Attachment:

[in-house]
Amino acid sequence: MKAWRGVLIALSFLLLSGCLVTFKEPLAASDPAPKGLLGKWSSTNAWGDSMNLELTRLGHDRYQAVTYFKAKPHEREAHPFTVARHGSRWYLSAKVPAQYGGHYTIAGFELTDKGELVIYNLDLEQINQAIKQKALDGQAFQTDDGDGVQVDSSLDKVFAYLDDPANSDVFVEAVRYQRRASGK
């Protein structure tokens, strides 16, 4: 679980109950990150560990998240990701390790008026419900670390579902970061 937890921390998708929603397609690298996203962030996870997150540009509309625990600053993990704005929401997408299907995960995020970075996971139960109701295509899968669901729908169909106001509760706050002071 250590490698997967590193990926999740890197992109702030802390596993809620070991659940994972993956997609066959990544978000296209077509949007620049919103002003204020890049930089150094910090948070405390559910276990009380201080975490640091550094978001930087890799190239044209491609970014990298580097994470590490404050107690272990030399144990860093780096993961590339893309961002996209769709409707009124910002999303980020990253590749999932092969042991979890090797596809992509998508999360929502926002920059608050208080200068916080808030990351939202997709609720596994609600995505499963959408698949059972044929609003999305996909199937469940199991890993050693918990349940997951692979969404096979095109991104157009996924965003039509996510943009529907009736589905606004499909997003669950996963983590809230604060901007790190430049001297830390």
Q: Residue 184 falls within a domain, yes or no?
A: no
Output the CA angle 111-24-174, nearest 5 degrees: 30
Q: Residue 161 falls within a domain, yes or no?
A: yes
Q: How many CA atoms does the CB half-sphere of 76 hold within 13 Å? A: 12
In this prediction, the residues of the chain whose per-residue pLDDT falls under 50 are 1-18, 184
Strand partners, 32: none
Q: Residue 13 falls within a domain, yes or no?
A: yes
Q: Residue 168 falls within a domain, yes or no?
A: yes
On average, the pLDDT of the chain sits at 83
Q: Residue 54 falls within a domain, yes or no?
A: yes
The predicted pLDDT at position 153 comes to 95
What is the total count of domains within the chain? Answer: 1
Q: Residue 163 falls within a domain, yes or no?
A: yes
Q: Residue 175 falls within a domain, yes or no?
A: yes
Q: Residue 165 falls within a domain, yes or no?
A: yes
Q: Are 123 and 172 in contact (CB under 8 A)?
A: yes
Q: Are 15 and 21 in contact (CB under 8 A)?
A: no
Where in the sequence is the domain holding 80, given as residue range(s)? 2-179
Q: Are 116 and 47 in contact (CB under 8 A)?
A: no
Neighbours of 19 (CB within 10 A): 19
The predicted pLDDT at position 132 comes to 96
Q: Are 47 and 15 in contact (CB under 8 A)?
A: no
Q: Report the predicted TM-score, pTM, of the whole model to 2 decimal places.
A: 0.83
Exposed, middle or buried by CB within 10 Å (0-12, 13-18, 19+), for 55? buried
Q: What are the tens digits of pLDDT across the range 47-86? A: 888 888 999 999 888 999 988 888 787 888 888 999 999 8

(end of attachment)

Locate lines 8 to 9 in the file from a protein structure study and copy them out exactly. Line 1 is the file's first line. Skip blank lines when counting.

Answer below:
A: yes
Q: How many CA atoms does the CB half-sphere of 76 hold within 13 Å? A: 12